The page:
At last, Valentine's Day is gone past. Phew.
I'm not sure of the other news papers, but the Times of India made it look as if Velantine's day was the only activity that occurred in India in the first half of February 2009. The Buzziest Brand went all out for lover boys and girls, women's liberation, individual freedom, 'Pub Bharo' "Movement", Pink Chaddi's and sarees, Indian culture, Pub Culture and anything that one would never have even remotely associated with the V-Day Celebration! Well, the media only reflects the society. Just that, sometimes, it uses a magnifying glass in front of the mirror and the mirror's angle too, perhaps, gets a bit skewed. Well, it's all in the game, anyway.
Now that the V-Day demonsrations are over, with people pondering over what to protest against now, Pakistan is back in the news. But the picture is really cluttered with too many microcosms within our friendly neighbourhood - Fidayeen, Mujahideen, Deccan Mujahideen, Al Qaeda, Taliban, Afghanistan, Sharia, AQ Khan, Dawood, Drone fighters, Geo News . . . the list, or rather, the mixture is whopping! There are too many stake holders in the Sub-continent, so many voices and noises being raised, so many diplomatic and multilateral dialogues and statements being exchanged, so much chaos that the picture is rather murky, with a lot of dust in the air refusing to settle down any time soon.
To be candid, I did give it a cursory thought if I should be really be mentioning all those names that I just did in the previous paragraph and fall in the radars and scanners that keep scourging through the information on the internet for any misguided connotations. For the record, I love peace and I am staunchly against terror, in any form!
But what really was special about this V-Day in India was that, people from all walks of life became aware of such a significant festival. So much so that I wished my elderly uncle, "Happy Valentine's Day to you!". He was bemused and was at a loss for words: "How do you think I should respond to THAT? This is the first time in my life that someone has wished me on a Valentine's Day!"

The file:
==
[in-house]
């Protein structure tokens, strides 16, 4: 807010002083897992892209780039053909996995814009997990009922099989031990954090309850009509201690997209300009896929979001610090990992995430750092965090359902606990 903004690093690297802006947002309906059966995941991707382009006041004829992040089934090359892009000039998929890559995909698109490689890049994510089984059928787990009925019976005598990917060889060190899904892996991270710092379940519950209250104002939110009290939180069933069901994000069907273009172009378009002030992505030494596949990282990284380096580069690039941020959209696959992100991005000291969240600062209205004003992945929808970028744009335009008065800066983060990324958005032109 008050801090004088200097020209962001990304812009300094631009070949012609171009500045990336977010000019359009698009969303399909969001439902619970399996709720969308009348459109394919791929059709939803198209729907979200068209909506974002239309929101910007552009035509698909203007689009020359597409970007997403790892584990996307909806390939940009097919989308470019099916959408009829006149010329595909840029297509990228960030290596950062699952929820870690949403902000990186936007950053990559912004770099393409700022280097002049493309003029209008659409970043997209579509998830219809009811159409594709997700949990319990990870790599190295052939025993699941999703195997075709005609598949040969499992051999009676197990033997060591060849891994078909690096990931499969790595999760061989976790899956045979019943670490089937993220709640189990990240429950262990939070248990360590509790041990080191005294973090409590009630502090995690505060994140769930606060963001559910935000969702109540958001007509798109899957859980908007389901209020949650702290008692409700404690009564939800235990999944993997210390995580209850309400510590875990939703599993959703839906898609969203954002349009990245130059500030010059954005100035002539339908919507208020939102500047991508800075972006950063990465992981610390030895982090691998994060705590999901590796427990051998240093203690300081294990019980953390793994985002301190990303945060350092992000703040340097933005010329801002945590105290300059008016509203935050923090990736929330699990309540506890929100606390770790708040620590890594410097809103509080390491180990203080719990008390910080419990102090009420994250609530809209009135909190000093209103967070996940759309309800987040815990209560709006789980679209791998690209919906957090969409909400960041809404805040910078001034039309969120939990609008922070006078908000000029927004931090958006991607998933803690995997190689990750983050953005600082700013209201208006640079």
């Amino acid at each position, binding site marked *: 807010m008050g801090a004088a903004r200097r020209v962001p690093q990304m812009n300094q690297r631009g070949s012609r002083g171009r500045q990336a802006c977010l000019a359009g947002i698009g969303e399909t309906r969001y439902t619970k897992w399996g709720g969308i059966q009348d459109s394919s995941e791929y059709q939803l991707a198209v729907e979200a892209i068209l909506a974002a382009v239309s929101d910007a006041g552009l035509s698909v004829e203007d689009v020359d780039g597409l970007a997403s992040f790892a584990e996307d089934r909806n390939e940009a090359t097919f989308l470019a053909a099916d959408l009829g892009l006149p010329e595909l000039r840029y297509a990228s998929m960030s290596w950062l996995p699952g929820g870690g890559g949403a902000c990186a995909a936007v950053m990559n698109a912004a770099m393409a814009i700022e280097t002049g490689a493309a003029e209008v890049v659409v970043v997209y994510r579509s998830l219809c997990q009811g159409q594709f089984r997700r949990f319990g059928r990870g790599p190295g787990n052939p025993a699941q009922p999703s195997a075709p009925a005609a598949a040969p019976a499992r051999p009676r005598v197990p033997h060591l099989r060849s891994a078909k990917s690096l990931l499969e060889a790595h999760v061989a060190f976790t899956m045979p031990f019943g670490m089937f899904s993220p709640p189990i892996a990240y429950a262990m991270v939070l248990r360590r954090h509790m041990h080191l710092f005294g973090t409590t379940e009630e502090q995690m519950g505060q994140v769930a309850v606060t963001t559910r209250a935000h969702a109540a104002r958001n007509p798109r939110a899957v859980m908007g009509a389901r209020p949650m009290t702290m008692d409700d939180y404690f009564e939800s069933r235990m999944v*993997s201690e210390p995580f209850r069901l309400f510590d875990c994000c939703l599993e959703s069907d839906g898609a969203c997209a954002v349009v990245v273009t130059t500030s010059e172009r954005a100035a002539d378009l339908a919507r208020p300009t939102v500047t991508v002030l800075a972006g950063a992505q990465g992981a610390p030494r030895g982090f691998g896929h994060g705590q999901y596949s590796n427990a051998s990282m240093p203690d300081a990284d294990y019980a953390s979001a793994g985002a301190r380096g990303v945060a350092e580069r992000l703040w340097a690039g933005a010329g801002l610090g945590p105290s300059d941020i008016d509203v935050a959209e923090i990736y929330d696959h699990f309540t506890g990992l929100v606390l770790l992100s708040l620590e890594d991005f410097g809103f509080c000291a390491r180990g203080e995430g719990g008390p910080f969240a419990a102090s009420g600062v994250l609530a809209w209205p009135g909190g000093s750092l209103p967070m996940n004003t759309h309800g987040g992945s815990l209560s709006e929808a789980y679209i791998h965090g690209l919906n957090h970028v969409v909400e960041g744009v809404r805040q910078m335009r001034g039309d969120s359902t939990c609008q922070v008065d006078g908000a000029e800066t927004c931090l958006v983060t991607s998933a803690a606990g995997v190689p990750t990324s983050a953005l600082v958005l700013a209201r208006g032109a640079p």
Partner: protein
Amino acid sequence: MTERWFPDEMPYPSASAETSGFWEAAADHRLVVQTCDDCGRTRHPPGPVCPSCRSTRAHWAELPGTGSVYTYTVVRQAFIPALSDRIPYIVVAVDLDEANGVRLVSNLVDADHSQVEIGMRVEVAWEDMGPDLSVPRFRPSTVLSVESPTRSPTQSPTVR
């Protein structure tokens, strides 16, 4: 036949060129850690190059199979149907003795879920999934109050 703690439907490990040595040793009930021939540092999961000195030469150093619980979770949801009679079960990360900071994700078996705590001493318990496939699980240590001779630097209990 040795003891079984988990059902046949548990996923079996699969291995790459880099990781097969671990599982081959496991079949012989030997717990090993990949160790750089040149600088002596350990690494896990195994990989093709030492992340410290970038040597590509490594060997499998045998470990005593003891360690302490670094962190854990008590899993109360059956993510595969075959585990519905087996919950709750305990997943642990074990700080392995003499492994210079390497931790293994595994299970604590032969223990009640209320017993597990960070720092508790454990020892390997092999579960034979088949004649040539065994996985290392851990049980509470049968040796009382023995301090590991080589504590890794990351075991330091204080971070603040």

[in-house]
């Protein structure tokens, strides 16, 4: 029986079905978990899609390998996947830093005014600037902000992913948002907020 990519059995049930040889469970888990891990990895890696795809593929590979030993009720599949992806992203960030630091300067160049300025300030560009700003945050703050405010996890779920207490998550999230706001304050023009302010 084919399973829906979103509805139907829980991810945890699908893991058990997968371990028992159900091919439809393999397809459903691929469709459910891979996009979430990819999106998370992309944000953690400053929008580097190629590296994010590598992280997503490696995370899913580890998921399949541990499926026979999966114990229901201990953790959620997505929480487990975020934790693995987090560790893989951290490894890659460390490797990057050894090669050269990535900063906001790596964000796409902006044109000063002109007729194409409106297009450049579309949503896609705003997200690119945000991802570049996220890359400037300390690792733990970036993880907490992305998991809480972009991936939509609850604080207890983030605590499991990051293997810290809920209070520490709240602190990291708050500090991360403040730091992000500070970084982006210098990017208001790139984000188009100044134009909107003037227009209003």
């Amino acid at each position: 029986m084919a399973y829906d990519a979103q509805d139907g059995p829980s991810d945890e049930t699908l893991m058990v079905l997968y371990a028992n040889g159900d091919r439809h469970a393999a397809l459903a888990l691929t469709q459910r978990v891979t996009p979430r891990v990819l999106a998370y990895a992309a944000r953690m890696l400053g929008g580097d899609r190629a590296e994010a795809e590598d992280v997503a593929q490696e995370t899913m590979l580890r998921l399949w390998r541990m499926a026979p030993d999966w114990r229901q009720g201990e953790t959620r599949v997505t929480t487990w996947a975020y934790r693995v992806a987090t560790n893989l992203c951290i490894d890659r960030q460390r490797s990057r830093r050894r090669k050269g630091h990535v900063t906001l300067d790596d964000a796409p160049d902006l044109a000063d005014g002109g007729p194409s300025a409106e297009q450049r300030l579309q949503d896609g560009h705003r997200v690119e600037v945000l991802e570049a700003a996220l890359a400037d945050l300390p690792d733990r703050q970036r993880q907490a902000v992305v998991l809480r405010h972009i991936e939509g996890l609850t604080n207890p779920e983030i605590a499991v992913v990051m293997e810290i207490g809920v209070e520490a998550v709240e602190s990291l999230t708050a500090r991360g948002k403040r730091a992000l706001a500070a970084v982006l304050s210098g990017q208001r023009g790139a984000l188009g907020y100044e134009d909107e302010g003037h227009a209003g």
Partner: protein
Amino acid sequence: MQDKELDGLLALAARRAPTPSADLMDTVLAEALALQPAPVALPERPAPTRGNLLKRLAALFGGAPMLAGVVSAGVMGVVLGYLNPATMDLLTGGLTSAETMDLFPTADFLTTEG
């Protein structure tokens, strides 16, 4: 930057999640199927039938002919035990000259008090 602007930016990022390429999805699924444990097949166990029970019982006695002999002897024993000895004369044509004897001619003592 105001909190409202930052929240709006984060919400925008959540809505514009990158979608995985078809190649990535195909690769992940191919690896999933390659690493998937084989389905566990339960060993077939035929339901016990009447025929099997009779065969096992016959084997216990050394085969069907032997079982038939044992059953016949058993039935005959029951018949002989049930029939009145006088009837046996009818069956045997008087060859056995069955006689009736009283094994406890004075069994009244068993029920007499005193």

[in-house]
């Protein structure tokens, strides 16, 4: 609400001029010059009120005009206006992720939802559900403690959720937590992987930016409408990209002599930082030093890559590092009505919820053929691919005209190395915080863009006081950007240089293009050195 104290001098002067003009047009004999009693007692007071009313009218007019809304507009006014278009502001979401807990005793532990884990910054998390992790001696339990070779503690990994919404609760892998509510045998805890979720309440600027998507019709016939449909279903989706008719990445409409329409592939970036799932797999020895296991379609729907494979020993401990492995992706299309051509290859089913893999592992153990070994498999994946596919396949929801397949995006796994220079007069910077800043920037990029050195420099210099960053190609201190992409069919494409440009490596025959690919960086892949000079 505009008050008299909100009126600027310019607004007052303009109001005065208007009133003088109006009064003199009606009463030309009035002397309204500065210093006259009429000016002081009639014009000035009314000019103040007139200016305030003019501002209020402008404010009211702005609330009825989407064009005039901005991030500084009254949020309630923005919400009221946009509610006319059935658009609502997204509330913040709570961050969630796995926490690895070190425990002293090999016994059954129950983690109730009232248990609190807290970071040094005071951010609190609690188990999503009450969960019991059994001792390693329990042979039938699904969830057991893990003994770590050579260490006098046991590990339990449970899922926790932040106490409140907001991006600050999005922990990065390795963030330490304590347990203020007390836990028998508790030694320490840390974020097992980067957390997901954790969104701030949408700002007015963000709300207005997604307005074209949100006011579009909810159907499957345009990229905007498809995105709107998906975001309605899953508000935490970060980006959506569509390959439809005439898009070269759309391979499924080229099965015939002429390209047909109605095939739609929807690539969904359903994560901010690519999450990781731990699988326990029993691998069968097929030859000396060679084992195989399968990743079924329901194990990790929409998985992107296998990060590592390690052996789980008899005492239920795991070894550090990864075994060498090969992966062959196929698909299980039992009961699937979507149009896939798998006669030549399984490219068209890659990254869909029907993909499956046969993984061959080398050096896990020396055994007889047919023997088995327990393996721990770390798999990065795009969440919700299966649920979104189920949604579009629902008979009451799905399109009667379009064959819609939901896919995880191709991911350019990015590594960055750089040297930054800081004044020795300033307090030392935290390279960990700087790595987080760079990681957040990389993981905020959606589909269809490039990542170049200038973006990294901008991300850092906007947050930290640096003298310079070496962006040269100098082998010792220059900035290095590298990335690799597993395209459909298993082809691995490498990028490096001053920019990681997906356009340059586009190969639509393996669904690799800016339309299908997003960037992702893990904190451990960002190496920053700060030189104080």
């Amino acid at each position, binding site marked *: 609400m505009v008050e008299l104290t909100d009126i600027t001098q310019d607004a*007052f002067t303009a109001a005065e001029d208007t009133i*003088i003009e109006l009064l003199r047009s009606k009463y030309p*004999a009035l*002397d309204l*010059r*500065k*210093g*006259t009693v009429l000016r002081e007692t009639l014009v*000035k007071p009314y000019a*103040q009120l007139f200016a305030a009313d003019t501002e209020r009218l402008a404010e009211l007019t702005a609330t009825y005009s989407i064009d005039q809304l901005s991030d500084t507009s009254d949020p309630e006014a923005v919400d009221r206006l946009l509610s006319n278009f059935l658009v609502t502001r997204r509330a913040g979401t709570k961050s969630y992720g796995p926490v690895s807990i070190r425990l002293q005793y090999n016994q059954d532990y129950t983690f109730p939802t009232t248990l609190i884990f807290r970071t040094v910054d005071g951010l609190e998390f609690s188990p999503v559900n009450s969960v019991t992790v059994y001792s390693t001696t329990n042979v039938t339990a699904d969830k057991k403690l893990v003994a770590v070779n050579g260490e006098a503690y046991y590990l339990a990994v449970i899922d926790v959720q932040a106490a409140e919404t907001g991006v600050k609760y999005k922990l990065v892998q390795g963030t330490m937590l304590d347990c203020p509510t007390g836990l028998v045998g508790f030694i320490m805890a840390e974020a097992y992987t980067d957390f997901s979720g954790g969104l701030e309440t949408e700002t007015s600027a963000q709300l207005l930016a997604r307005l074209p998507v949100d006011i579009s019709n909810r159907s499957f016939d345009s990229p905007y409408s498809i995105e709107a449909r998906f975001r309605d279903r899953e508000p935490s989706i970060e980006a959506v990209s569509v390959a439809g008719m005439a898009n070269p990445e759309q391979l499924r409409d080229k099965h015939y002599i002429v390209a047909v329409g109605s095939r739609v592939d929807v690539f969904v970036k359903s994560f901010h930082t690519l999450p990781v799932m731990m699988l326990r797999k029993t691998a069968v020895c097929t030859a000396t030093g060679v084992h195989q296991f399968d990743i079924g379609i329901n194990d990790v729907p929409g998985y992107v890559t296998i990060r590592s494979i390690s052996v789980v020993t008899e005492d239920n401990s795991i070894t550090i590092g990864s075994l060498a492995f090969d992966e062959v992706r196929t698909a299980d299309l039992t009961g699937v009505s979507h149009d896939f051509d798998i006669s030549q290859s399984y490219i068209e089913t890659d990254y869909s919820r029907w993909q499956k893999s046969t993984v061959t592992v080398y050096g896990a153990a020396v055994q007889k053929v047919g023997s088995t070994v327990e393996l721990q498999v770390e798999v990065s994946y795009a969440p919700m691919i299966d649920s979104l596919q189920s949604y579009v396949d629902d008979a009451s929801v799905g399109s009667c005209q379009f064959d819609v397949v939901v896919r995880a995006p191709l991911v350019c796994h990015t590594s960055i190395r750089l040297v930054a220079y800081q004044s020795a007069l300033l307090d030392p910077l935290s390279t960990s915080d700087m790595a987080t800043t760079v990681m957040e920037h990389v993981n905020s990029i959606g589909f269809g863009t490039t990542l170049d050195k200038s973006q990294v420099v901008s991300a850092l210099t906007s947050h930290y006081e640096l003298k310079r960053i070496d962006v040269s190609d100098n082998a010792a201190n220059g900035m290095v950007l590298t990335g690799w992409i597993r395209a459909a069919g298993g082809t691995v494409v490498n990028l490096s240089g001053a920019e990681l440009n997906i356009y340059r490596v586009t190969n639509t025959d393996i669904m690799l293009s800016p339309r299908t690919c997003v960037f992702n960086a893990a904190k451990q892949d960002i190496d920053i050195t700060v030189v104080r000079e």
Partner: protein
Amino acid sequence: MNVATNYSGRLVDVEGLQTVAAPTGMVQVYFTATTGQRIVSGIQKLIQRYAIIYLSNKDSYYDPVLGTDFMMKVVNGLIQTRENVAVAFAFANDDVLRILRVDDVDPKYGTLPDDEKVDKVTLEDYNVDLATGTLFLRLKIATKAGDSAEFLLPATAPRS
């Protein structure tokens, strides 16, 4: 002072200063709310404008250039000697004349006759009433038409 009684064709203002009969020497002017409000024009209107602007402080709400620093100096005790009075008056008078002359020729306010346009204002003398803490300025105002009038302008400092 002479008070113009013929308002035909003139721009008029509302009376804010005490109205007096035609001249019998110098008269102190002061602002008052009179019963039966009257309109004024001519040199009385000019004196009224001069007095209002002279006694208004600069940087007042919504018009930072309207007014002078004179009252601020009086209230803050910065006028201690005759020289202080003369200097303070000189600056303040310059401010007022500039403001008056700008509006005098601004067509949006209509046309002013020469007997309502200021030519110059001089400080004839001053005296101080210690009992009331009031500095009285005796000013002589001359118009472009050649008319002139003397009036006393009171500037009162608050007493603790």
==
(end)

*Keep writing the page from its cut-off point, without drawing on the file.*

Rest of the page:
That apart, V-Day drew parallels between the movement to "protect Indian Culture" and "Talibanisation". The pink Underwear campaign gathered pace, much beyond expectations, not because of the abundant supply of the commodity in question: Underwears are available in most households. The reason, I would say, was that it was a right campaign that appealed to the right audience, who were already perturbed by the developments after 26/11. Let's not get lost in silly questions about who gained, go drew mileage, who shot to popularity or what was achieved in the entire episode that marked the 2009 V-Day miles apart from its predecessors. Questions like these seldom matter in a democracy!
Finally, though all attempts are made not to ask silly questions at this juncture, I have to ask this before I sign this piece off:
- What is Indian Culture?
- What is Western Culture?
- Is it the duty of every citizen to play a part in preserving one's unique culture?
- Do people of other cultures try to protect their cultures?
That's it. Four questions are too many to ask at a stretch. Not that anyone is going to be even slightly bothered about them. Still, whether asked or not, whether answered or not, questions remain questions.